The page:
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Mathematical modelling for variations of inbreeding populations fitness with single and polygenic traits

Overview of attention for article published in BMC Genomics, March 2017
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Title
Mathematical modelling for variations of inbreeding populations fitness with single and polygenic traits
Published in
BMC Genomics, March 2017
DOI 10.1186/s12864-017-3492-1
Pubmed ID
Authors

Shuhao Sun, Fima Klebaner, Tianhai Tian

Abstract

Inbreeding mating has been widely accepted as the key mechanism to enhance homozygosity which normally will decrease the fitness of the population. Although this result has been validated by a large amount of biological data from the natural populations, a mathematical proof of these experimental discoveries is still not complete. A related question is whether we can extend the well-established result regarding the mean fitness from a randomly mating population to inbreeding populations. A confirmative answer may provide insights into the frequent occurrence of self-fertilization populations. This work presents a theoretic proof of the result that, for a large inbreeding population with directional relative genotype fitness, the mean fitness of population increases monotonically. However, it cannot be extended to the case with over-dominant genotype fitness. In addition, by employing multiplicative intersection hypothesis, we prove that inbreeding mating does decrease the mean fitness of polygenic population in general, but does not decrease the mean fitness with mixed dominant-recessive genotypes. We also prove a novel result that inbreeding depression depends on not only the mating pattern but also genetic structure of population. For natural inbreeding populations without serious inbreeding depression, our theoretical analysis suggests the majority of its genotypes should be additive or dominant-recessive genotypes. This result gives a reason to explain why many hermaphroditism populations do not show severe inbreeding depression. In addition, the calculated purging rate shows that inbreeding mating purges the deleterious mutants more efficiently than randomly mating does.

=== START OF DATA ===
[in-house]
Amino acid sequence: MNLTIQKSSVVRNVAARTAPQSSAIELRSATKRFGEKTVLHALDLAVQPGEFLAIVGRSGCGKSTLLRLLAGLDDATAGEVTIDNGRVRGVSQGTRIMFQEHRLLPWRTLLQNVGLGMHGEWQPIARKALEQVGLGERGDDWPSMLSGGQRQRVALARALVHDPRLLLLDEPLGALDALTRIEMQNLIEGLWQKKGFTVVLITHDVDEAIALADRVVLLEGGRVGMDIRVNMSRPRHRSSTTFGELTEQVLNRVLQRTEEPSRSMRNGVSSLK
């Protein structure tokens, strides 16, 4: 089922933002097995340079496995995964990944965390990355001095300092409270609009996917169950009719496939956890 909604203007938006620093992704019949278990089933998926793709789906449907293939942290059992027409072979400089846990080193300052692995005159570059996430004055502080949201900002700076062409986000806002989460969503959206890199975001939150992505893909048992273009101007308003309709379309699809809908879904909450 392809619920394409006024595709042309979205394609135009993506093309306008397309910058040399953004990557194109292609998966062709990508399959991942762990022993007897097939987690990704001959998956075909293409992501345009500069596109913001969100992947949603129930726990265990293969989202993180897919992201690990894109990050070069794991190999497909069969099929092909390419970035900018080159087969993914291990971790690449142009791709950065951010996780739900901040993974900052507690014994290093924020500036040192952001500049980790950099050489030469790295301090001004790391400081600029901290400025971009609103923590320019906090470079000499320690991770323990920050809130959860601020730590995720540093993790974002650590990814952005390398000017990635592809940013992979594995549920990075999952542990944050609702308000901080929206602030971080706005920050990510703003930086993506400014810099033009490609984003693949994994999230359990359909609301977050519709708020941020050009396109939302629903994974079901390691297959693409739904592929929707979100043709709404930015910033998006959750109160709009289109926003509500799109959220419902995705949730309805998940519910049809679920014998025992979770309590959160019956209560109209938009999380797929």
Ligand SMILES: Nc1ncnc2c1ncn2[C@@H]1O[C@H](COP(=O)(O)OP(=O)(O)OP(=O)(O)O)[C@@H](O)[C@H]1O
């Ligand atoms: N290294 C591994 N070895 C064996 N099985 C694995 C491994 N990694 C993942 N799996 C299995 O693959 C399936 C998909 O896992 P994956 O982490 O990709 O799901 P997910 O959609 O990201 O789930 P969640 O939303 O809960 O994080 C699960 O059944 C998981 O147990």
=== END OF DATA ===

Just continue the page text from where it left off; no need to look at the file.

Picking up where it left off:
Twitter Demographics

The data shown below were collected from the profiles of 2 tweeters who shared this research output. Click here to find out more about how the information was compiled.

Mendeley readers

The data shown below were compiled from readership statistics for 6 Mendeley readers of this research output. Click here to see the associated Mendeley record.

Geographical breakdown

Country Count As %
Unknown 6 100%

Demographic breakdown

Readers by professional status Count As %
Student > Master 2 33%
Researcher 1 17%
Unknown 3 50%
Readers by discipline Count As %
Environmental Science 1 17%
Biochemistry, Genetics and Molecular Biology 1 17%
Agricultural and Biological Sciences 1 17%
Unknown 3 50%

Attention Score in Context

This research output has an Altmetric Attention Score of 1. This is our high-level measure of the quality and quantity of online attention that it has received. This Attention Score, as well as the ranking and number of research outputs shown below, was calculated when the research output was last mentioned on 12 September 2017.
All research outputs
#9,026,143
of 11,753,826 outputs
Outputs from BMC Genomics
#5,075
of 6,985 outputs
Outputs of similar age
#175,607
of 265,127 outputs
Outputs of similar age from BMC Genomics
#76
of 96 outputs
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